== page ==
For every one thing I clean up there are four more messes that Mackenzie has created.  
She's learned to say "uh oh" whenever I break, spill, or drop something, and I'm convinced that she does this to remind me that I'm not perfect either.  
She understands "no" but doesn't cooperate.  Like the other day at the pool when I told her not to climb on the chaise lounge.  She did it anyway.  I pulled her off.  She threw a hissy fit.  I told her not to do it again.  "No, Mackenzie.  DANGER!" But she climbed right on up there again.  I took her off.  Another hissy fit.  "Fiiiiine," I said through clenched teeth.  The next thing I knew that kid was tangled up so badly I couldn't help but laugh.  One leg was down, one was up.  One arm was through, the other was flailing.  She looked like she'd been caught in a fishing net.  "I tollllld you not to dooooo that." She didn't learn her lesson.  And once again, I had lost.
I try to remain in control.  I'm a firm believer in enforcing discipline at a young age.  I think mothers who threaten to punish their kids and never go through with it are setting themselves up for failure.  But Mackenzie is too young for punishment.  At this stage it's all about reinforcement.  So I try, and I try, and I try.  But she has too much energy.  She's too fast and too smart.  And she knows how to push my buttons.  
Sometimes spending the whole day with her takes such a toll on my mental being that I want to curl up into a ball and hide in the corner.  I'm convinced that the moms who say it's easy are either popping pills or have an army of nannies, babysitters, and personal assistants to help them cope with the stress.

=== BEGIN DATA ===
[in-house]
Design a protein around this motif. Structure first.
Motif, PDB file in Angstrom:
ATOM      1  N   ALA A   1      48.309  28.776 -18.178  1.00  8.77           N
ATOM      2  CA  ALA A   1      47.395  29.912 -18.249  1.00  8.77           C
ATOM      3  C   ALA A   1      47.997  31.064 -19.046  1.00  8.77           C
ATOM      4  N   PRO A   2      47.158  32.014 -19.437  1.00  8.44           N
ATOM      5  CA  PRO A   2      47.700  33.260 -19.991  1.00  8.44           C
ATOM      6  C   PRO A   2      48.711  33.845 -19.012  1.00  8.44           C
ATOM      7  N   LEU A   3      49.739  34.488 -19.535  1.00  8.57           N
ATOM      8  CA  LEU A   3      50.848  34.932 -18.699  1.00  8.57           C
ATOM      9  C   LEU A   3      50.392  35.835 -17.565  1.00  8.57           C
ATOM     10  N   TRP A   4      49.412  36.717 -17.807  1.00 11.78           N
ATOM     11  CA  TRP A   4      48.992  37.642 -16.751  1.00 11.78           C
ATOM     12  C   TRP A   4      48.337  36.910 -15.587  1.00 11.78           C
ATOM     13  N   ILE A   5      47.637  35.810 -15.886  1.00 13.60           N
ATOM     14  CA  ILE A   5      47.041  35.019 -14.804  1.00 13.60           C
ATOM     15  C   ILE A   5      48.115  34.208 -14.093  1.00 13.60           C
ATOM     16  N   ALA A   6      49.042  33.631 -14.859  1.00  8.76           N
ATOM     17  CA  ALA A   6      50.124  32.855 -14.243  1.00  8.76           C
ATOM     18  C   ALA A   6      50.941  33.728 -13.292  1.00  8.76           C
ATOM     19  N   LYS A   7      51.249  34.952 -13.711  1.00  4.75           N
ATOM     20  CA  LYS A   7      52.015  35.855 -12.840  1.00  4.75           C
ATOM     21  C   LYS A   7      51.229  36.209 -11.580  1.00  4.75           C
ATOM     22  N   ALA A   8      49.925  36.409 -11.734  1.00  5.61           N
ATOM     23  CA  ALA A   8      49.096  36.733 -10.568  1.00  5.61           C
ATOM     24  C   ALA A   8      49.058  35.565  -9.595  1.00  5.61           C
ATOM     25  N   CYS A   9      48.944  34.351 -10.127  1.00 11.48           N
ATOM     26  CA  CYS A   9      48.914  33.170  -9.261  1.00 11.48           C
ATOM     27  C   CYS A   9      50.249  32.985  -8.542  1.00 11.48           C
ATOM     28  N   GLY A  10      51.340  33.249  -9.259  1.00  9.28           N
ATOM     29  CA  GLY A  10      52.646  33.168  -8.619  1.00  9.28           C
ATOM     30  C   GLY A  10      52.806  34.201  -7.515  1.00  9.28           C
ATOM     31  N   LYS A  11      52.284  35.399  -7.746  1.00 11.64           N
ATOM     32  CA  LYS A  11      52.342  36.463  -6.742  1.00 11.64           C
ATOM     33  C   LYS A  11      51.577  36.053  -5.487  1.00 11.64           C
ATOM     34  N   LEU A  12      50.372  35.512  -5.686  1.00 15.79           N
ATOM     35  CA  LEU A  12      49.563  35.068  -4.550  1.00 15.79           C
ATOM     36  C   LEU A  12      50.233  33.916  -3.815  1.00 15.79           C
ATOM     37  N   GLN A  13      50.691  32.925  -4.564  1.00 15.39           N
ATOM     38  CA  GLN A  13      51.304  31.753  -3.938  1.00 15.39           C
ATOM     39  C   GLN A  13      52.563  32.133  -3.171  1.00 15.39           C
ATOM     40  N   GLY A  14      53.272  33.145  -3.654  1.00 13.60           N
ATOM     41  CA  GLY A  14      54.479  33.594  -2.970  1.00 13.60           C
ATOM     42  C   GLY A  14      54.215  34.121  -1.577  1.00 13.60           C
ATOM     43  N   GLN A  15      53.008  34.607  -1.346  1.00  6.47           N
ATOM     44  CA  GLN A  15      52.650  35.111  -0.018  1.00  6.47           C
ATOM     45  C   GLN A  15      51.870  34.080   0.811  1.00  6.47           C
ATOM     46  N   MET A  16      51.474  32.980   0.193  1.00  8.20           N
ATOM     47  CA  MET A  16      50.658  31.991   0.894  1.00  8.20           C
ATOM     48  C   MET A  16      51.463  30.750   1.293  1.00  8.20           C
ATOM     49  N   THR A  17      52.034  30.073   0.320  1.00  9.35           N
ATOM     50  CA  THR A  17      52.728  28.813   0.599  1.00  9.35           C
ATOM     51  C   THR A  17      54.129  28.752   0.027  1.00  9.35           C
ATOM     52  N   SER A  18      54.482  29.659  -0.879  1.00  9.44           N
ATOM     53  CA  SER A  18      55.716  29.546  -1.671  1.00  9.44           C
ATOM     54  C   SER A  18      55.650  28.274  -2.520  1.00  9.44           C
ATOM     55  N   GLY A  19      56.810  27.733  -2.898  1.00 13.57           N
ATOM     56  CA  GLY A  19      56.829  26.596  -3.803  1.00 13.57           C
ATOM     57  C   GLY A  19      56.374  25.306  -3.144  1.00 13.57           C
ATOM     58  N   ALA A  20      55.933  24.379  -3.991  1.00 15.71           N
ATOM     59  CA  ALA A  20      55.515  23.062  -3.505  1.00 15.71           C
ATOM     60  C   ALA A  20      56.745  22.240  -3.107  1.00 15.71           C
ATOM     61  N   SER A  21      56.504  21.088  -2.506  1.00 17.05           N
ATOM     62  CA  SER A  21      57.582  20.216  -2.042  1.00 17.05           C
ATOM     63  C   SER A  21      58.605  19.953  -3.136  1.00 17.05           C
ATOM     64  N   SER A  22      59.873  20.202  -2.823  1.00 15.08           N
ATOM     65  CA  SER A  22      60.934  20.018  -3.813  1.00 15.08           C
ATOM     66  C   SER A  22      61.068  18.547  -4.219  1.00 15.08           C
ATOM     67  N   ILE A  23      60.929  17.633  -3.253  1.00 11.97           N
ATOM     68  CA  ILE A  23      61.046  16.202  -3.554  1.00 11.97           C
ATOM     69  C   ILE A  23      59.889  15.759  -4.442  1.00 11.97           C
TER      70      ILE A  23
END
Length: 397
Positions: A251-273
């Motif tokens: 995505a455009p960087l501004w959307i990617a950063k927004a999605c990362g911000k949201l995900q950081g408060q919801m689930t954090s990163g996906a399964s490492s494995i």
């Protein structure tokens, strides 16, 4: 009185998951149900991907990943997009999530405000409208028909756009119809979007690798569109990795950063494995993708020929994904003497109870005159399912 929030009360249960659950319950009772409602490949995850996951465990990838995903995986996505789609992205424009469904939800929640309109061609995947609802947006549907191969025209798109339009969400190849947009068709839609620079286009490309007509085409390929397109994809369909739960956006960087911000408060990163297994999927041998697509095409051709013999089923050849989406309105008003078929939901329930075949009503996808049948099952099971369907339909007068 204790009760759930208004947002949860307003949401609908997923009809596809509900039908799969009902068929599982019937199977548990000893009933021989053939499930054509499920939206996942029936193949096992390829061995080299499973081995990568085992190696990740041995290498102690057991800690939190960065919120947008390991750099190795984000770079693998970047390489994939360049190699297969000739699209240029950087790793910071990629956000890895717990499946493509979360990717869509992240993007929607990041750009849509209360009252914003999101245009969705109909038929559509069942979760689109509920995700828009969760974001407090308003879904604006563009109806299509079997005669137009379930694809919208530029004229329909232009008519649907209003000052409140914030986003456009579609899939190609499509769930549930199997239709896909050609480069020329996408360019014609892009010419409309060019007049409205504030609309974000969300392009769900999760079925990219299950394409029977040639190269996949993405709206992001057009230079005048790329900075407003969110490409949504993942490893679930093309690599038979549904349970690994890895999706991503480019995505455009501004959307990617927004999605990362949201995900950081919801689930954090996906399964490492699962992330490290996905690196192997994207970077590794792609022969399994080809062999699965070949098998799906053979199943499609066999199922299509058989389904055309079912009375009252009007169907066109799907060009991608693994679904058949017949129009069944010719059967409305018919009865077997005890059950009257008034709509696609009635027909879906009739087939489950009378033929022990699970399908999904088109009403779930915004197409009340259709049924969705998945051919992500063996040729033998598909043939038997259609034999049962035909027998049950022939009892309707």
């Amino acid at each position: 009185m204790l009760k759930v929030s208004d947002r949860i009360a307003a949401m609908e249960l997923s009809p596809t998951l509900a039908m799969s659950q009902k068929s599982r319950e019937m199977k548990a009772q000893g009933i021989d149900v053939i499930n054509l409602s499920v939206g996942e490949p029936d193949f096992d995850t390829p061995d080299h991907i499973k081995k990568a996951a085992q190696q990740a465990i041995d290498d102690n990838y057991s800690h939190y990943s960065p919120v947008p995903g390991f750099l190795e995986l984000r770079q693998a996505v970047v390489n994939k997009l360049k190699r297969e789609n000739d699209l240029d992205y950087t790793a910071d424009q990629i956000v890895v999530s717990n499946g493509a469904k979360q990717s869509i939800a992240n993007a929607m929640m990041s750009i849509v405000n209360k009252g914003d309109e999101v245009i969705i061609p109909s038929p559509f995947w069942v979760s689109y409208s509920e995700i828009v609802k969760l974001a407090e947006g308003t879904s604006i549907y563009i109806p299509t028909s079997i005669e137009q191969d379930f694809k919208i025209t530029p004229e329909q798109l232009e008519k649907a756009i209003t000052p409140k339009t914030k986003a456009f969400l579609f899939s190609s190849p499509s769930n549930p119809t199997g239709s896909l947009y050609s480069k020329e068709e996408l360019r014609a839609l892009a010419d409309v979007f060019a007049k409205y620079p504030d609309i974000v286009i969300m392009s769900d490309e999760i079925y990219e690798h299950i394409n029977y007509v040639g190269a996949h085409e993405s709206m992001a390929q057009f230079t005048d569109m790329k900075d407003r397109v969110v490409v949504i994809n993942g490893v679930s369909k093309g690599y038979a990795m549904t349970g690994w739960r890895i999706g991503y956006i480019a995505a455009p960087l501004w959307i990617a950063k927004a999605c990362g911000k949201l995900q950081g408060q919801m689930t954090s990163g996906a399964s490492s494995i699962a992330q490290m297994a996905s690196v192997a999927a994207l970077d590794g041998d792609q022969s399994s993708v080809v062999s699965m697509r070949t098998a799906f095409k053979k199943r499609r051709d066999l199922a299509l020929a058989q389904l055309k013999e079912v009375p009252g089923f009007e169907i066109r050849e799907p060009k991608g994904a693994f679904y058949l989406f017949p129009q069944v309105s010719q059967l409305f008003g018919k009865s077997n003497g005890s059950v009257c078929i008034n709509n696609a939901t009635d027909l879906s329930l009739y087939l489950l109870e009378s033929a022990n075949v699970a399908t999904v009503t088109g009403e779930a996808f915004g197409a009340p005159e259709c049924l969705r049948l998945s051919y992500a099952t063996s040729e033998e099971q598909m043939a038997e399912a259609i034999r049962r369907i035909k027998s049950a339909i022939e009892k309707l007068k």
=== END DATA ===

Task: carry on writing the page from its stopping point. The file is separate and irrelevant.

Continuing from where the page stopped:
Do I secretly envy them? Sure I do.  I want to think that this life I've chosen is a breeze... that I'm in full control 24/7.  But the truth is that I'm not.  And sometimes it's such a weight on my shoulders that the tiniest thing will set me off and I'll break down in tears from the pressure.  
Like when I recently stubbed my toe while trying to make the bed with Mackenzie weaving in and out of my legs.  I fell to the floor, not so much because of the pain (it was only a stubbed toe, after all), but mostly because I was just tired and I felt defeated.  Mackenzie waddled over to me, gave me a pat on the back, and kissed my forehead.  And I was once again reminded that I wouldn't trade in this life for anything in the world.  

Have your children robbed you of your power? Feel free to share your comments below.  And don't forget to "Like" A Mommy Is Made on Facebook. You can also follow mademommy on Twitter.  Thanks for reading! 


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  2. Nap is definitely an opportunity to recharge. I'm just glad you considered that.